There is one more thing you need to get that job.
Here are a few tips to help you produce a superior cover letter.
1. Address the issue in your cover letter. State clearly your interest in changing industries. Express your knowledge of the industry and its challenges. Point out how your background experiences make you a great candidate. If you are seemingly overqualified, demonstrate your value: better perspective, more patient, and extensive industry knowledge.
2. If transitioning to a new industry, focus your resume on your transferable skills rather than routine responsibilities. Back up your transferable skills with illustrative accomplishments. Translate industry-specific jargon into general terminology. Give less "white space" to company names if they are commonly connected with your industry. White space is just what it sounds like: white area around words. Words or phrases surrounded by white space stand out and attract the eye.
Simplify facts: A cover letter is not an autobiography. It should be short and sweet, brief and to the point. The cover letter and resume should demonstrate that you meet or exceed the requirements listed in the job description, that you are interested in the position, and that you are available. Any additional information is superfluous.A cover letter should have three to four paragraphs, no paragraphs of over six lines long, with the longest one being the middle one or two, and the shortest one being the final, summation paragraph.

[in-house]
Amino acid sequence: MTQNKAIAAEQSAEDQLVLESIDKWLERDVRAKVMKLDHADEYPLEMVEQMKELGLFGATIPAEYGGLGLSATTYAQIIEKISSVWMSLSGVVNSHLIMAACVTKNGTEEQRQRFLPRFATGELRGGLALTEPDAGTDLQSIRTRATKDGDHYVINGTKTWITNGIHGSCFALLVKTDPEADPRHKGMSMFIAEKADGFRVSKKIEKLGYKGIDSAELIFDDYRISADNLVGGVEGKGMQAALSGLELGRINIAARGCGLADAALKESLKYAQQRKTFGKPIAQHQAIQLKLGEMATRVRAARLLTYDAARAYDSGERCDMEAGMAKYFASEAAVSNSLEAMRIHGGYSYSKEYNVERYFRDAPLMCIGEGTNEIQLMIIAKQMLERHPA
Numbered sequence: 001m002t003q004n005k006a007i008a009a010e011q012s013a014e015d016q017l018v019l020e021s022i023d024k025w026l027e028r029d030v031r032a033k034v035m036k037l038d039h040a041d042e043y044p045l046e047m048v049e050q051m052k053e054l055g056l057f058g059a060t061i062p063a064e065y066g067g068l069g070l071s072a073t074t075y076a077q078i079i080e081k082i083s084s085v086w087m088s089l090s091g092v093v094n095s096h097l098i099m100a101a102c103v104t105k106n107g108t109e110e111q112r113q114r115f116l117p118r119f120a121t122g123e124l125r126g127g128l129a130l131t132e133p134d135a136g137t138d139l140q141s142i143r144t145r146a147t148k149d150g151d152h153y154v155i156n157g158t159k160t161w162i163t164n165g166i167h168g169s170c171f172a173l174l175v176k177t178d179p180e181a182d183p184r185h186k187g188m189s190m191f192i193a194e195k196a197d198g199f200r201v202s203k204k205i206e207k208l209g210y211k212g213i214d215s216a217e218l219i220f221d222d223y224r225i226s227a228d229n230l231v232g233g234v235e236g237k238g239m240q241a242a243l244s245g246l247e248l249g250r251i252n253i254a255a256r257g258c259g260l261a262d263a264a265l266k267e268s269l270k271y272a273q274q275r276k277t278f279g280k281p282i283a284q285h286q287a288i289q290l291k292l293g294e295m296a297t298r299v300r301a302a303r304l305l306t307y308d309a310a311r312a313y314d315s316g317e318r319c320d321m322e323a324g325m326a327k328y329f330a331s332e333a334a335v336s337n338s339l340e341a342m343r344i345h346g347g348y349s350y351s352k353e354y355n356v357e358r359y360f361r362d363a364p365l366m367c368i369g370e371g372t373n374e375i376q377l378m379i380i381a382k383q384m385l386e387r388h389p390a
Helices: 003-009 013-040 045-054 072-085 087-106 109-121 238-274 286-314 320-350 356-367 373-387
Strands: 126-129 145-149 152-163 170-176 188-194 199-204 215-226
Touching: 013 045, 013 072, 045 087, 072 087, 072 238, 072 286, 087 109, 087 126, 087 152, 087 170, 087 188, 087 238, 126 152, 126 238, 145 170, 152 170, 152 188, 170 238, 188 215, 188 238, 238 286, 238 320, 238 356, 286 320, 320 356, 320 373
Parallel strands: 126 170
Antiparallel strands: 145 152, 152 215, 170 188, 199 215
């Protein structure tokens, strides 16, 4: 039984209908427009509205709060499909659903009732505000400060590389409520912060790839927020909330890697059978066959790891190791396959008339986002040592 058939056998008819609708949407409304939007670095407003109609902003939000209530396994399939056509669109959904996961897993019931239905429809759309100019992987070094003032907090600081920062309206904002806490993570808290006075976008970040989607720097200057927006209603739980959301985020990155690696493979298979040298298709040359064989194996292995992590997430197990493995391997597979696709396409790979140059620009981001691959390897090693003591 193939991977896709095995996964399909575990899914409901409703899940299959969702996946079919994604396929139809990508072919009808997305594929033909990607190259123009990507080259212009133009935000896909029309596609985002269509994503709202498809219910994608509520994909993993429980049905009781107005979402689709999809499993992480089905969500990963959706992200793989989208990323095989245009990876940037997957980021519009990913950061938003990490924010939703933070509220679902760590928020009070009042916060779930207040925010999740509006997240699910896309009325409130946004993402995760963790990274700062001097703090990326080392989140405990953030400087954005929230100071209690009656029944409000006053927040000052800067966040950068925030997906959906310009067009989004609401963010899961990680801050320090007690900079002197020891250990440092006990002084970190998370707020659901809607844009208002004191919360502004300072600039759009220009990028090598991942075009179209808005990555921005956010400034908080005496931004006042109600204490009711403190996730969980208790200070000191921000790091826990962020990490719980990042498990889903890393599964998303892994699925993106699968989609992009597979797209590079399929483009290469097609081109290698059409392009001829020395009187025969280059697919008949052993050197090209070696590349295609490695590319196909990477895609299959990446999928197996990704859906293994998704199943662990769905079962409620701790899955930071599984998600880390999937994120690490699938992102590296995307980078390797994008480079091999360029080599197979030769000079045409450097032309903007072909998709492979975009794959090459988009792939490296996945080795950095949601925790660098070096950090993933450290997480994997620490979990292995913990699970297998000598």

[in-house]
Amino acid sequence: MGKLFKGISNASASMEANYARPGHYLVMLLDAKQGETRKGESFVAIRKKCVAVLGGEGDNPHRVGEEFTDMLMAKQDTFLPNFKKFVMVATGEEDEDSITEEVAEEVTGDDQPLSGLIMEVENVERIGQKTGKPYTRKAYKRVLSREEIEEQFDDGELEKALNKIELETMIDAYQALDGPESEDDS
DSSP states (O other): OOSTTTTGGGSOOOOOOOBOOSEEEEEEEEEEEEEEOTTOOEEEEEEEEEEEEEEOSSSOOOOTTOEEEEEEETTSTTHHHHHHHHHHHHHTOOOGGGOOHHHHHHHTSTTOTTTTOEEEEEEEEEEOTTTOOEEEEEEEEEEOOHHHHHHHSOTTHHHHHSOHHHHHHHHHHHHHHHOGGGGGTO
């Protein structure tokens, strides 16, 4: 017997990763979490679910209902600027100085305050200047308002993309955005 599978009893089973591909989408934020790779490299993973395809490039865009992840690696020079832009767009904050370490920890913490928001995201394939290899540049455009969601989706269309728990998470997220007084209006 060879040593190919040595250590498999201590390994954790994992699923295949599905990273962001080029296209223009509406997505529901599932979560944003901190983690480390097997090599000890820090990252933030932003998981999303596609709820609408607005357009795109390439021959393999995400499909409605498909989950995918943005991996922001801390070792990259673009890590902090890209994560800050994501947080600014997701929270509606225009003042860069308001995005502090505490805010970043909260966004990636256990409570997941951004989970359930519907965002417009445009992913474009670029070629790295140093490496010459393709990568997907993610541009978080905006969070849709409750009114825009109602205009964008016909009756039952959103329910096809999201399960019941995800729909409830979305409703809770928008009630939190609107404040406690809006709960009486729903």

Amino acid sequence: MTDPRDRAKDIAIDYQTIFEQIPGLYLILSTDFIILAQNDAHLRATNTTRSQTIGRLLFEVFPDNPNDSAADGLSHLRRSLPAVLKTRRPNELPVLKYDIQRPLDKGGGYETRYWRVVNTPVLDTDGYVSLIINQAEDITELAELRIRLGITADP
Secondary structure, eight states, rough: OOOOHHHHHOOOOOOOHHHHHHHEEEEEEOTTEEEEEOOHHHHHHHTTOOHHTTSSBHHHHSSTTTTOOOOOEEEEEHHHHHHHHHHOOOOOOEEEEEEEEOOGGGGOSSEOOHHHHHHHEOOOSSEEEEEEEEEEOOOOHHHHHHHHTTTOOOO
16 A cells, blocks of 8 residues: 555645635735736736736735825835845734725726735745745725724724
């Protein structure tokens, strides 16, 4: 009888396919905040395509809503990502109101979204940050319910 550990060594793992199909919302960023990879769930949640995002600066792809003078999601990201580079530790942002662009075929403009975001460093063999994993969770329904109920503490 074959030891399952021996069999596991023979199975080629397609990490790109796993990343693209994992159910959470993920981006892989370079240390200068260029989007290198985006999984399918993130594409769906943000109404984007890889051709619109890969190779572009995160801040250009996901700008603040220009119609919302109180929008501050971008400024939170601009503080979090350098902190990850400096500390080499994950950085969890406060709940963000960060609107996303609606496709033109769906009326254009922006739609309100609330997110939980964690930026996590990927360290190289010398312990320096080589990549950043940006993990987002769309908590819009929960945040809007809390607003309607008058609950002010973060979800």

Poor Grammar and, Misspellings a Big NO NO: No one wants to make grammatical or spelling errors but many applicants nevertheless submit cover letters with small and thoughtless, yet deadly, errors. Many problems slip through because people have a difficult time seeing the mistakes in their own writing. So ask someone else to proof-read the cover letter for you. If that’s not possible, read the document aloud, slowly and word by word. Every time you make a correction, read the whole document over again. Spell checks can also be typo insinuations, causing writers to change misspelled words into wrong words, as demonstrated by one cover letter writer who boasted that "Referees are available on request."
NO negatives: It’s been said that no politician ever lost an election over a speech that wasn’t made. Don’t lose the election. This is not the place to explain why you left or are leaving an employer.
No Ego-maniacal tone: A golden rule for cover letter writing: make sure that by the time you’ve finished your writing, the person most impressed by your letter isn’t you. This is an opportunity for you to give employers an idea of who you are, what you’ve accomplished and how you can contribute to their company. Nobody likes a self-absorbed narcissist, and even fewer less people want to work with one.
Avoid providing a salary history and salary details: A salary history is more likely to cost you a job than not.
Make your cover letter easy on the eyes: It should be easy to scan and have a logical progression.